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Graduate Admissions

4 courses offered in the Department of Physiology, Development and Neuroscience

The MPhil in Basic and Translational Neuroscience is a stand-alone postgraduate course in neuroscience offering both taught and research components.  This one-year neuroscience programme is aimed particularly at those who want to prepare for later studies at PhD level, clinicians and others who want graduate-level research training but for whom a full PhD might not be required or appropriate, and graduates who plan a career in translational neuroscience, including careers in the pharmaceutical industry.

This course offers both taught and research components including a project rotation, research training modules, lectures, seminars and workshops, and the opportunity to undertake a wide variety of generic skills training. Students will participate in a symposium where they will have the opportunity to present their research.

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The Department of Physiology, Development and Neuroscience (PDN) offers excellent opportunities and facilities for training in research, leading to the MPhil (Master of Philosophy) degree.

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Developmental biology is a remarkably cross-disciplinary area of biomedical research that spans traditional departmental boundaries and many different technologies, such as molecular biology, genetics, cell biology, imaging and bioinformatics. This field is increasingly significant in the era of readily available genome sequences, because functional studies of development are essential to decipher the roles of many genes, and will be invaluable if we are to reap the benefits of this wealth of new information. A major challenge now is to find more powerful, systematic and quantitative ways of investigating how this genetic information is translated into morphogenetic instructions, and to analyse how these instructions generate and are modulated by the forces that shape tissues and organs. Our PhD programme embraces this challenge and offers a powerful opportunity to explore the mechanisms underlying key developmental processes.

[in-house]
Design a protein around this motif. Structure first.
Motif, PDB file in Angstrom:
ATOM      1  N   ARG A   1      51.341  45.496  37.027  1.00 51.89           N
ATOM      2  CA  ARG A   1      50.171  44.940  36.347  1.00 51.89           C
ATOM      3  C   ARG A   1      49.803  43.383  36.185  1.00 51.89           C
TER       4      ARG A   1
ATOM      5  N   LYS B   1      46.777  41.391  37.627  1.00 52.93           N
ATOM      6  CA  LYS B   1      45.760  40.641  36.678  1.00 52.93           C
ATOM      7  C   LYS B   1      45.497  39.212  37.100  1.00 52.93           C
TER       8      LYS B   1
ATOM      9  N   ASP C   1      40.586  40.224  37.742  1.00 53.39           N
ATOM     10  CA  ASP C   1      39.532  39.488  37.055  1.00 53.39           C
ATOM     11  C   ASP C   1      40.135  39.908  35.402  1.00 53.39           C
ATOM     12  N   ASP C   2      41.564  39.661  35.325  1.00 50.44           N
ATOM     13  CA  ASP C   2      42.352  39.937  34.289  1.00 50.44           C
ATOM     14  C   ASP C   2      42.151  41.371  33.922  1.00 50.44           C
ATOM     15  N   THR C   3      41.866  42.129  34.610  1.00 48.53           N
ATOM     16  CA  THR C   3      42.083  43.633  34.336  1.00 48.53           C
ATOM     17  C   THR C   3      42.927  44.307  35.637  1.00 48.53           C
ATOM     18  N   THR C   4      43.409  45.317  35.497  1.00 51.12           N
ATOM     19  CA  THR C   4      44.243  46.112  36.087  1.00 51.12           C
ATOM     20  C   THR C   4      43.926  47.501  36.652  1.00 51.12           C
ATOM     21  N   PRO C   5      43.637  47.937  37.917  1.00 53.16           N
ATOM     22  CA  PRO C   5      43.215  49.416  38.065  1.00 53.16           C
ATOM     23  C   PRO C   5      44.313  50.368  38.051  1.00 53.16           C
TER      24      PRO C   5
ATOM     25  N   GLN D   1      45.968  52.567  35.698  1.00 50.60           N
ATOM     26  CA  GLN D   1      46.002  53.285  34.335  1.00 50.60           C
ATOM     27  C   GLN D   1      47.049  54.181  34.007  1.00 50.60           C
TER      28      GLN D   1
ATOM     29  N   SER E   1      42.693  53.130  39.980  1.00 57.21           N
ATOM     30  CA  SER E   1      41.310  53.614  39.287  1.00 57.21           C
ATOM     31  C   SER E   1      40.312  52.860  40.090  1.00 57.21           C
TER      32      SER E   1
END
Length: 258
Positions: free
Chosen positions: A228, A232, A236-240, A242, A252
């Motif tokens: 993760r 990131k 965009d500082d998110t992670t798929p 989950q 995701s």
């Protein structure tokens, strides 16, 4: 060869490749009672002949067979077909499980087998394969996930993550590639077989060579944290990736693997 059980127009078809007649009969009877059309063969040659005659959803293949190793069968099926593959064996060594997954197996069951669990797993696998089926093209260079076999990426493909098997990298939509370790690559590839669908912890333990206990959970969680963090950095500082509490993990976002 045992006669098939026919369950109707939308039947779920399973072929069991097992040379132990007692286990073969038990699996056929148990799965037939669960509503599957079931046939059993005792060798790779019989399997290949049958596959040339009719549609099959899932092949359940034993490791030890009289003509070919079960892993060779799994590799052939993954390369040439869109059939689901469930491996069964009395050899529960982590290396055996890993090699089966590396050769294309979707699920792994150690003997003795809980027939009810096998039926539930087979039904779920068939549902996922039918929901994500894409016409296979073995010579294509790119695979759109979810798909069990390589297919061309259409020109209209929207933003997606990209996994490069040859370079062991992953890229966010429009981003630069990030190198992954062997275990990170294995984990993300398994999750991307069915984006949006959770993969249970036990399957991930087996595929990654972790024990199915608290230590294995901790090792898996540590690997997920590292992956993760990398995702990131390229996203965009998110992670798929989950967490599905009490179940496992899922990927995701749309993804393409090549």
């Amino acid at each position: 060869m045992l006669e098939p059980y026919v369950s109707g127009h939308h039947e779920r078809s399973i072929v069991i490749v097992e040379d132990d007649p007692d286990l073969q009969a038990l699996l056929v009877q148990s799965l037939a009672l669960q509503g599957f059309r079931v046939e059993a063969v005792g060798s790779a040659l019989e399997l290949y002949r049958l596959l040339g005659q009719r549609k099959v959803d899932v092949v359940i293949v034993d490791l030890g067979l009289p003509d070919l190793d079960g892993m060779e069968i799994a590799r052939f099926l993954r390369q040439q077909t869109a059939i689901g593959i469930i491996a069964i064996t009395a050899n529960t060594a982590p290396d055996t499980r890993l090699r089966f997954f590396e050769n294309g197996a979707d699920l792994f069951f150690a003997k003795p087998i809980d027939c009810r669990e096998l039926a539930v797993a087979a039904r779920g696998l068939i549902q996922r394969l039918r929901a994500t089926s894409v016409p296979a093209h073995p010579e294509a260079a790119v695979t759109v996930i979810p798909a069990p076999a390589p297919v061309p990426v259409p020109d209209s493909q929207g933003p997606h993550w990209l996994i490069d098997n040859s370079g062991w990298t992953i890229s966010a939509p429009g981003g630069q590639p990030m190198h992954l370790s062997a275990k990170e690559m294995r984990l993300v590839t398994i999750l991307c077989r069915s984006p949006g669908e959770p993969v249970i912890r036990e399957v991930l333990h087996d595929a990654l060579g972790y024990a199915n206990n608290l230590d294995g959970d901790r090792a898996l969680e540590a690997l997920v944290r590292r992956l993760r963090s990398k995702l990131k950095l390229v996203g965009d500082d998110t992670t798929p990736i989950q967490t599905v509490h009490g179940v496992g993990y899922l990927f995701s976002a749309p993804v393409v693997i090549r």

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The Department of Physiology, Development and Neuroscience (PDN) offers excellent opportunities and facilities for training in research, leading to the degree of PhD (Doctor of Philosophy).

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5 courses also advertised in the Department of Physiology, Development and Neuroscience

From the School of the Biological Sciences

The Cambridge Bioscience DTP is a four year PhD programme that aims to create highly skilled and employable people. The programme offers training across 21 University Departments and 5 Partner Institutes providing access to a wide range of research areas related to the strategic themes of the BBSRC.

During the programme, students will undertake two ten-week rotations in different labs before commencing their PhD. They will receive training in a variety of areas including but not limited to statistics, programming, ethics, data analysis, scientific writing and public engagement. Students will also undertake a 12-week internship (PIPS). Students will be expected to submit their thesis at the end of the fourth year and no further write-up period will be allowed.

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From the Department of Clinical Biochemistry